Pueblos & Nations
Sandoval County has 10 Pueblos and two Nations within its borders
With much history and tradition, each Pueblo holds a local spoken dialect including but not limited to Tiwa, Keres, Tewa, and Towa and are derived from three ancient language families. Within each community a vibrant and distinct artistic style has developed such as native pottery, weaving and jewelry. Pueblo communities continue to celebrate the cycles of seasons through song, dance and prayer. Sandoval’s Pueblos welcome visitors on feast days to share in these celebrations and traditions.
When planning a visit to these communities please be aware of restrictions on photography and other images and respect the traditions and privacy of the residents.
For further details in regards to proper etiquette while visiting the Sandoval County's pueblos please visit the following site.
Pueblos & Tribal Entities
JICARILLA APACHE NATION
Jicarilla (hē-kə-ˈrē-yə ) Apache Nation “Keepers of the River”. Jicarilla means “Little Basket” in Spanish, a term for the small baskets that were used for water. The lands of the Jicarilla Apache Nation run from the San Juan River to the Rio Chama River, embrace the Continental Divide and encompass 879,917 acres of rugged mountains and mesas.
The Cochiti people are thought to have come from the Anasazi people that lived in cliff dwellings at present-day Bandelier National Monument. They settled in this area around 1250 AD. The pottery of Cochiti is widely pursued for their storytelling figurines which express their beliefs through the designs on the pottery.
The Jemez Pueblo is the last remaining Towa-speaking Pueblo that has cultural roots dating back to the 1300s. The traditional name is Walatowa meaning “this is the place.” It lies along the Jemez River in the San Diego Canyon and is a gateway to the Jemez Mountains. The Walatowa Visitor Center, located at the Jemez Red Rock Park scenic area, offers a museum and guided tours.
The Pueblo’s Tiwa name is "Tuf Shur Tia," meaning "Green Reed Place.” The Sandia people are members of the pre-Columbian Tiwa language group who once dominated the Albuquerque area. Their lineage can be traced back to the Aztec civilization that later migrated to the New Mexico region. The present site has been home to the Sandia People, who have cultivated the land and raised their families there since 1300 AD. The Pueblo of Sandia owns and operates several thriving enterprises including Sandia Resort & Casino, Bien Mur Indian Market Center, and Bobcat Ranch. These businesses help create a broad economic base to ensure its financial future as a self-reliant Tribe.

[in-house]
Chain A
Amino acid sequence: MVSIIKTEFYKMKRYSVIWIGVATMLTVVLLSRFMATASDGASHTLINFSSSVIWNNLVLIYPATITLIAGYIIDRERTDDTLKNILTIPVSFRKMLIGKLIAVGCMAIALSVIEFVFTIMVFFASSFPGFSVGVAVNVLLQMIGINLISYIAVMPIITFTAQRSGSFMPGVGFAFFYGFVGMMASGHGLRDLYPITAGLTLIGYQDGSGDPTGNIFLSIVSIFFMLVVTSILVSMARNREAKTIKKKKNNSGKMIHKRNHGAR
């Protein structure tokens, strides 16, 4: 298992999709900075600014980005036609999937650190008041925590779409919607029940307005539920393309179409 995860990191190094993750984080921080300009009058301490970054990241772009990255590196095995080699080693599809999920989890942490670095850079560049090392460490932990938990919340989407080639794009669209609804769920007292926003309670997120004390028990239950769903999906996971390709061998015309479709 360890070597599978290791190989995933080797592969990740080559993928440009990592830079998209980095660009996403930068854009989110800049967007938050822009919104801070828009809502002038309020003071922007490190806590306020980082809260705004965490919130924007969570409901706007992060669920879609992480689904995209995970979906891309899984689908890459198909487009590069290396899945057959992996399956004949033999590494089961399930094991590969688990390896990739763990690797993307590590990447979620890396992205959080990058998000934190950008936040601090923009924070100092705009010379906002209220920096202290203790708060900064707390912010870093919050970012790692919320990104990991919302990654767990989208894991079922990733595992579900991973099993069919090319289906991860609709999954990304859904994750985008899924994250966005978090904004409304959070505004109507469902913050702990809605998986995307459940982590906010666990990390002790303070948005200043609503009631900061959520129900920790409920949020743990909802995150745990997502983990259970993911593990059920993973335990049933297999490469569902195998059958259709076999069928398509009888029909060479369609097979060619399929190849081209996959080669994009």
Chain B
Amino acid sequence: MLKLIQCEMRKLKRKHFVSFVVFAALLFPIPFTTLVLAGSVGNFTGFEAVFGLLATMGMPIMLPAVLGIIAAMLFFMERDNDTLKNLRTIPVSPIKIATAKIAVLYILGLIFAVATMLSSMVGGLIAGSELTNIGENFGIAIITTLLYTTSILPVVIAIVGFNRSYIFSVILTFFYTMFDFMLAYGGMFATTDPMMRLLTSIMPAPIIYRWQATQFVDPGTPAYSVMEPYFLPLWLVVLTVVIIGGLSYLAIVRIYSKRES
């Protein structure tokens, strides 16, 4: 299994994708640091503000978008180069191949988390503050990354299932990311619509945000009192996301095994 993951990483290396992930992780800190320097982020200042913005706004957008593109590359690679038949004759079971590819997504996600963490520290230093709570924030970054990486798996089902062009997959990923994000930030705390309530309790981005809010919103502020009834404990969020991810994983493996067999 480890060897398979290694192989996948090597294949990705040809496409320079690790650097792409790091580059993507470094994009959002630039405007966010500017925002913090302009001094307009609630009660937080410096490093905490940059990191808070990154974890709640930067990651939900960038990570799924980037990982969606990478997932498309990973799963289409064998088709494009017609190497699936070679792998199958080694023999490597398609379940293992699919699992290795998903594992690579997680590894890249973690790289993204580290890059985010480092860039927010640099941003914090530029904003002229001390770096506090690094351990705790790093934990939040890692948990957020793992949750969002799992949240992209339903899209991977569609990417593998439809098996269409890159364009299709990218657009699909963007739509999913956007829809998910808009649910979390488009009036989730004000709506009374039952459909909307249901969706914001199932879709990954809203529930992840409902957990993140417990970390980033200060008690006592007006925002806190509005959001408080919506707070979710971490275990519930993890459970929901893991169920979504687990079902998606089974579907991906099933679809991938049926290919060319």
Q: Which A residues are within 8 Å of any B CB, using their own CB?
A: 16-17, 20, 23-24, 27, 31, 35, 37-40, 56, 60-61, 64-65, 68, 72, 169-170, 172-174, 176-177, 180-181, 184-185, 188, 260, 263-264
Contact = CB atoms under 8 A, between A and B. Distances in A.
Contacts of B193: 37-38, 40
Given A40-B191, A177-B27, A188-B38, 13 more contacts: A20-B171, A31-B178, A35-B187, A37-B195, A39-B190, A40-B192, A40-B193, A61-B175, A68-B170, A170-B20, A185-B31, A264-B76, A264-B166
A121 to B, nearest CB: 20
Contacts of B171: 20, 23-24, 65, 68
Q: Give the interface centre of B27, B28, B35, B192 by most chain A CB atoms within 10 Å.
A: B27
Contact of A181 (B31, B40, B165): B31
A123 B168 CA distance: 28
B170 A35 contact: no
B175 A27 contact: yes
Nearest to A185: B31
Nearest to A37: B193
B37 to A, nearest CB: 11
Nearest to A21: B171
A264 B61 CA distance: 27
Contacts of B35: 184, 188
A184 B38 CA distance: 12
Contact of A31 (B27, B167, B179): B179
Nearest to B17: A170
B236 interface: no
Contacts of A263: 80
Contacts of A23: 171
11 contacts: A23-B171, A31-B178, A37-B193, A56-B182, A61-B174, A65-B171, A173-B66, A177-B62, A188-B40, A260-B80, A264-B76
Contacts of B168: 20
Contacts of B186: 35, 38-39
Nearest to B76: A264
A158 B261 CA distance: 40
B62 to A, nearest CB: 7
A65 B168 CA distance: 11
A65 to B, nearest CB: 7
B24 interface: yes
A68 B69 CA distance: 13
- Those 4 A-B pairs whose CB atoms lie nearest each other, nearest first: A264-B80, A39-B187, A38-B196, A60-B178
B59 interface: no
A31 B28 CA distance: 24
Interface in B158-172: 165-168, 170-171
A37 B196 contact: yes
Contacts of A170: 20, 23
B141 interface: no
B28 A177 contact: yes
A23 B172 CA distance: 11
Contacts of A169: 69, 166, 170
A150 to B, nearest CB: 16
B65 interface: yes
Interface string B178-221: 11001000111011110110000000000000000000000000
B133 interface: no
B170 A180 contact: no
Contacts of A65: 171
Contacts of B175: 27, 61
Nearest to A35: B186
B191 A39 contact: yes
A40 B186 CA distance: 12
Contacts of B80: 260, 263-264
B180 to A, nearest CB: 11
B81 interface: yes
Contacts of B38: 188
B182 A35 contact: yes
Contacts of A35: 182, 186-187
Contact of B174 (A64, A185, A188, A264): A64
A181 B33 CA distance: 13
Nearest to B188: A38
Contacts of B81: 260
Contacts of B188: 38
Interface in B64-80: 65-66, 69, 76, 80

Santa Ana Pueblo
Traditional Name in Keres: Tamaya, means “The People” Santa Ana Pueblo is located on State Road 313 (I-25 Exit 242), off US 550 in Bernalillo. Santa Ana owns and operates the Hyatt Regency Tamaya Resort and Spa and the Twin Warriors Golf Club. Nearby is a sister golf course, the Santa Ana Golf Club, and the Prairie Star Restaurant. Santa Ana Star Casino features gambling, live entertainment and bowling.
Santo Domingo Pueblo
Tradition name in Keres: Kewa, means “Pueblo” Santo Domingo Pueblo, (I-25 Exit 259) on State Road 22, is known for its beautiful turquoise jewelry and its pottery. Various arts and crafts shops can be found at the Pueblo and near the Santo Domingo owned and operated Pueblo Gas Inc., which includes the Kewa Café. Be sure to stop in during Labor Day weekend for the Annual Santo Domingo Arts & Crafts Market, where artisans from throughout the area sell beautiful pieces of traditional artwork.
Zia Pueblo is the birthplace of the familiar sun symbol, which adorns the NM state flag. Located off of US 550, Zia Pueblo arts and crafts are sold at the tribal administration complex. The Zia Pueblo Reservation has become a leader in tribal communities for on-location shooting of film projects and major motion pictures. The Pueblo manages the Zia Bernalillo Farmers Market.